If the big farmers (thanks to Sharad Pawar) and industrialists find NREGA guilty of pushing up the wages (and hence cost of agricultural production, industrial production, tea plantation cost,  construction, so on and so forth), then the deflationary curbs are bound to happen. This also means confining 100 days of employment under NREGS to those times when agriculture faces slack season such as maintenance of water bodies during heavy monsoons (he..he..he). Has there been a proper, serious study (well sampled one) regarding NREGS that it is triggering higher cost of agricultural production? First, do this and then demand for the needful changes. There is scope for debate on the NREGS reforms in the current democratic setup.

3. I am not a huge fan of any political leader or bureaucrat.

Ramesh babu has recently advocated that all file notings under the RTI law should not be disclosed to the public particularly the correspondences between the various Ministers and the PM when the final decision is yet to arrive on any policy related issue. His view came to light when several UPA ministers such as Salman Khurshid, Veerappa Moily opposed the RTI sought note getting shared. The note was originally issued by the Ministry of Finance to the PMO that revealed the contradictory position of Pranab Mukherjee with P Chidambaram pertaining to 2G spectrum allocation. What more can we expect from Ramesh babu who is so critical of even a transparency enabling legislation like RTI. Please check: Jairam fuel in RTI debate, The Telegraph, 11 October, 2011,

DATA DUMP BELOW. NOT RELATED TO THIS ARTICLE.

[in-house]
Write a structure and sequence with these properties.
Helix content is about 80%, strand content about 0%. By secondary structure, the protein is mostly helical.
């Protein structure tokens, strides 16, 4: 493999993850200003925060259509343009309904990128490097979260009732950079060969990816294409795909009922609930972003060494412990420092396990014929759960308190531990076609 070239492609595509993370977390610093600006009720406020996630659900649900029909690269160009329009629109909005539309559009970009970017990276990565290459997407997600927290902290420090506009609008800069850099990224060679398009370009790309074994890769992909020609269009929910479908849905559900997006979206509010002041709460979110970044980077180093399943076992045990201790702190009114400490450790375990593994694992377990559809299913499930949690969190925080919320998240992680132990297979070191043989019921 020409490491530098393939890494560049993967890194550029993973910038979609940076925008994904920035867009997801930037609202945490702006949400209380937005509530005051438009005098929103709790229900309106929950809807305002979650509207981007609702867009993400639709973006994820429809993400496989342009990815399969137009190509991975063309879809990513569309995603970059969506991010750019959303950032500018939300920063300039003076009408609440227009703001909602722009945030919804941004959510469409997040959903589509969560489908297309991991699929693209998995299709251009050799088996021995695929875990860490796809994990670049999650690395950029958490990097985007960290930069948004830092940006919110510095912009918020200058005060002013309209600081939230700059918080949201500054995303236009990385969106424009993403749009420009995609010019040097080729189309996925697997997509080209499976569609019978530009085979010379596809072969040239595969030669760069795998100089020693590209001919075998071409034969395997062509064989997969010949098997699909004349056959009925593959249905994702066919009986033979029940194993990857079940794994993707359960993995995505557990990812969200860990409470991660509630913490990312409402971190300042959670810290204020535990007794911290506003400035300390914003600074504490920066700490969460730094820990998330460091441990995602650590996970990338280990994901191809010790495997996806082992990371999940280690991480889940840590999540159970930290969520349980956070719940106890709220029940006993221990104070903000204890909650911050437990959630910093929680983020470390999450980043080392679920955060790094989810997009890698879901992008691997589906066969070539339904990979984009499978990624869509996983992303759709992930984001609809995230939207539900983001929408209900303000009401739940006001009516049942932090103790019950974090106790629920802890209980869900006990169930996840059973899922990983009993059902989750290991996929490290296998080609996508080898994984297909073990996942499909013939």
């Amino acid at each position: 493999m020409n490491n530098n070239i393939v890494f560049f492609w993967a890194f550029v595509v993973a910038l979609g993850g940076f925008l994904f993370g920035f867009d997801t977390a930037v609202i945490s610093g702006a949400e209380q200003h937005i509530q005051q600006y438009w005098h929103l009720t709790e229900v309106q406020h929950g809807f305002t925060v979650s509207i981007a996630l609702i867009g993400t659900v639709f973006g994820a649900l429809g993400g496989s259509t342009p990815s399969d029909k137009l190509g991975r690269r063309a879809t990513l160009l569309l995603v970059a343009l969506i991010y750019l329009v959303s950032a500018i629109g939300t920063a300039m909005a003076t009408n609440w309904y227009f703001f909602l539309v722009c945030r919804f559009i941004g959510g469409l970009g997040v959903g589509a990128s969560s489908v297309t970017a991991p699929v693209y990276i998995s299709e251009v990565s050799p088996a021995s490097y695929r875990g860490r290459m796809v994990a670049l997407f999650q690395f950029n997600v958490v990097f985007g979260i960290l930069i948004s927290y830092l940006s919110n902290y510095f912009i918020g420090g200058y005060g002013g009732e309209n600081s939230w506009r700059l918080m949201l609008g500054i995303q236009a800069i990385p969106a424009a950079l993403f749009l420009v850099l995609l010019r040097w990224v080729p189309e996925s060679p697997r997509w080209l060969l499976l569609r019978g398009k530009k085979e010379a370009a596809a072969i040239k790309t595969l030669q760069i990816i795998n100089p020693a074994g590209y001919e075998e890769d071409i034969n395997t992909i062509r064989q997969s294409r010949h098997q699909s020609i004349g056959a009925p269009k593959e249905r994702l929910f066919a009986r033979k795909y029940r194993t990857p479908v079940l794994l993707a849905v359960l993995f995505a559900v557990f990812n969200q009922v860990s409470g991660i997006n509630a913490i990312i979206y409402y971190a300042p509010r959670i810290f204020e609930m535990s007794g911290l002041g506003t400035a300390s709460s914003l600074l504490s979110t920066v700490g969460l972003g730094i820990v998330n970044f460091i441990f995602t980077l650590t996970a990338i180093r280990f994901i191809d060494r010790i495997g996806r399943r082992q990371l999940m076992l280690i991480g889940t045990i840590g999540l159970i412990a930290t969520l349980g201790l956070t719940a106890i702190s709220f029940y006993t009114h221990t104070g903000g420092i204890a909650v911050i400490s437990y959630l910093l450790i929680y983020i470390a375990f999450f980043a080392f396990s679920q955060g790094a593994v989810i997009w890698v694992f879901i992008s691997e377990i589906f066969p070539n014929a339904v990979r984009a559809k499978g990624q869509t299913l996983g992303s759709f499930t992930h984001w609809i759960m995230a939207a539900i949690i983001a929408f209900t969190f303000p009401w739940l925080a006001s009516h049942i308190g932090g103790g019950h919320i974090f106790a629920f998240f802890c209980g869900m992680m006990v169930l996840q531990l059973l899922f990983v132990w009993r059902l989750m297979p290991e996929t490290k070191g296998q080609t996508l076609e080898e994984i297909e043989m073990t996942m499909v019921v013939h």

The maxim goes like: Too much faith on a public servant is not good for democracy.   

4. What Bengal (i.e. the Left) thinks today, India (i.e. the Congress party) will think tomorrow.

It is often said that the Left Front government in West Bengal stayed in power for 34 years for helping the sharecroppers, landless labourers and the small and marginal farmers via Operation Barga. The Left Front was ousted out of power because of its unfriendly attitude towards the agriculturalists and its wrong land acquisition policies. It seems that the present UPA government and its policy makers are making the same mistake. While the UPA's comeback to power for the second term (2009 Loksabha elections) is often put on the employment guaranty scheme, this time (i.e. in the forthcoming 2014 Loksabha elections) the UPA might not make it thanks to the sheer number of scams that have cropped up recently and the overconfident, unemotional officials who are desperately tinkering with the NREGA rules and regulations.

The dictum goes like: If the politicians do badly, they won't be elected next time but if the bureaucrats do worse, they still manage to stay back.